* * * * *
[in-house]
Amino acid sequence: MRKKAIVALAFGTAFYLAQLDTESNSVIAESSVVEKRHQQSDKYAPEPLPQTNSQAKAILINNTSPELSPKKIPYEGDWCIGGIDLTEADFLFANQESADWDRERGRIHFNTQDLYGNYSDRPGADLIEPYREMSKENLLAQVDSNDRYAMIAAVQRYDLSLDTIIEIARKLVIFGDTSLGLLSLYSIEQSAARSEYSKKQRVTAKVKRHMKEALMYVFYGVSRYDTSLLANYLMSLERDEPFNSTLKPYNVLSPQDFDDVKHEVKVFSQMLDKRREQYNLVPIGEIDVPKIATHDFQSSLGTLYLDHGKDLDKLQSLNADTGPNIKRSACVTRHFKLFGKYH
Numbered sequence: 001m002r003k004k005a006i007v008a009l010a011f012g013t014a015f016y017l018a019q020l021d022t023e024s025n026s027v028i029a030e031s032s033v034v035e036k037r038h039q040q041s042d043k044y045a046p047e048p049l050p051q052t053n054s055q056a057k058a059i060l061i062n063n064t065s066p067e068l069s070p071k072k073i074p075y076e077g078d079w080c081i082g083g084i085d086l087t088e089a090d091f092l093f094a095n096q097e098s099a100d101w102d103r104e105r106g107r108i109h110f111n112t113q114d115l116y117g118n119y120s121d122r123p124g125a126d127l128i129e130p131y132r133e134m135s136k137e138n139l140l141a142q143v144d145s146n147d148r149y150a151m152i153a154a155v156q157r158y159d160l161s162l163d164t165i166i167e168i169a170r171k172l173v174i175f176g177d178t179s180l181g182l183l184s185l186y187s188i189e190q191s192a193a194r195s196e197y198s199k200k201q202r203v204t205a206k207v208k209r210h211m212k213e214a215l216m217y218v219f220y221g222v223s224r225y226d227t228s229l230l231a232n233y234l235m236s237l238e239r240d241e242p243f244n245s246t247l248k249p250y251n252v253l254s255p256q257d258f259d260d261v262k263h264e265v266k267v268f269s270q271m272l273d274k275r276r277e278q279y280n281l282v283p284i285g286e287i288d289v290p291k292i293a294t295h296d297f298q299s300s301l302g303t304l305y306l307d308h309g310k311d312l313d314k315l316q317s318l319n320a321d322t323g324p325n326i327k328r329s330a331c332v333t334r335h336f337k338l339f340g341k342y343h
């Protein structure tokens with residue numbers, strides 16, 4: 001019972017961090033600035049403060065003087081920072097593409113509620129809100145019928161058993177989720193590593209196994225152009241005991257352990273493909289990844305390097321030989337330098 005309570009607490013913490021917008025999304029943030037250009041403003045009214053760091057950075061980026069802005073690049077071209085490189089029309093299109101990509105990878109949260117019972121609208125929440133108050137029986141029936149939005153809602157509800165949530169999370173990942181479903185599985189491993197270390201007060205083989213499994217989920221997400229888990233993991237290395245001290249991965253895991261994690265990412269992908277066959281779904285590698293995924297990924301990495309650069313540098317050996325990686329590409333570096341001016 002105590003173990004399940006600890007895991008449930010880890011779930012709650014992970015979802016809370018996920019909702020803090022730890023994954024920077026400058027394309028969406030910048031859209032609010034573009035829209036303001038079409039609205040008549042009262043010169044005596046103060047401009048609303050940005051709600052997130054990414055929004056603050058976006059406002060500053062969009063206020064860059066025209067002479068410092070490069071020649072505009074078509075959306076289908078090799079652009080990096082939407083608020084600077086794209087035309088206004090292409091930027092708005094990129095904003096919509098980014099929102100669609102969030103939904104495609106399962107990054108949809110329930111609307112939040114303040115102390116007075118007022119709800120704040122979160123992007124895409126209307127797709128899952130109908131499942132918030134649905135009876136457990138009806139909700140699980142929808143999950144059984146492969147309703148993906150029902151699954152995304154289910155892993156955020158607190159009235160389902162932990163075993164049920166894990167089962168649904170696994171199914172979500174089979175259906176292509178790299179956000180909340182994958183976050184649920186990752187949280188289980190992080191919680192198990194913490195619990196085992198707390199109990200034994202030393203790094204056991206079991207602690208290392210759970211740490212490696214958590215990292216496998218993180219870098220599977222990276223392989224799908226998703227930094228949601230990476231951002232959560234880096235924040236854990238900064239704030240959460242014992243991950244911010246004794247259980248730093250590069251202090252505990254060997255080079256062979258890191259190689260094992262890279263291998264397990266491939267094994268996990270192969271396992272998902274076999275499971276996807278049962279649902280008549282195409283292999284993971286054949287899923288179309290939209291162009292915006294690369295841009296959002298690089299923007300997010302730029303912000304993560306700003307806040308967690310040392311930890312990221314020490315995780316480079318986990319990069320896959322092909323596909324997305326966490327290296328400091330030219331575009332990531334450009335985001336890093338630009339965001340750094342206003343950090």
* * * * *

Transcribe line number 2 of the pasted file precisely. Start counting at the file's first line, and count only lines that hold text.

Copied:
Amino acid sequence: MRKKAIVALAFGTAFYLAQLDTESNSVIAESSVVEKRHQQSDKYAPEPLPQTNSQAKAILINNTSPELSPKKIPYEGDWCIGGIDLTEADFLFANQESADWDRERGRIHFNTQDLYGNYSDRPGADLIEPYREMSKENLLAQVDSNDRYAMIAAVQRYDLSLDTIIEIARKLVIFGDTSLGLLSLYSIEQSAARSEYSKKQRVTAKVKRHMKEALMYVFYGVSRYDTSLLANYLMSLERDEPFNSTLKPYNVLSPQDFDDVKHEVKVFSQMLDKRREQYNLVPIGEIDVPKIATHDFQSSLGTLYLDHGKDLDKLQSLNADTGPNIKRSACVTRHFKLFGKYH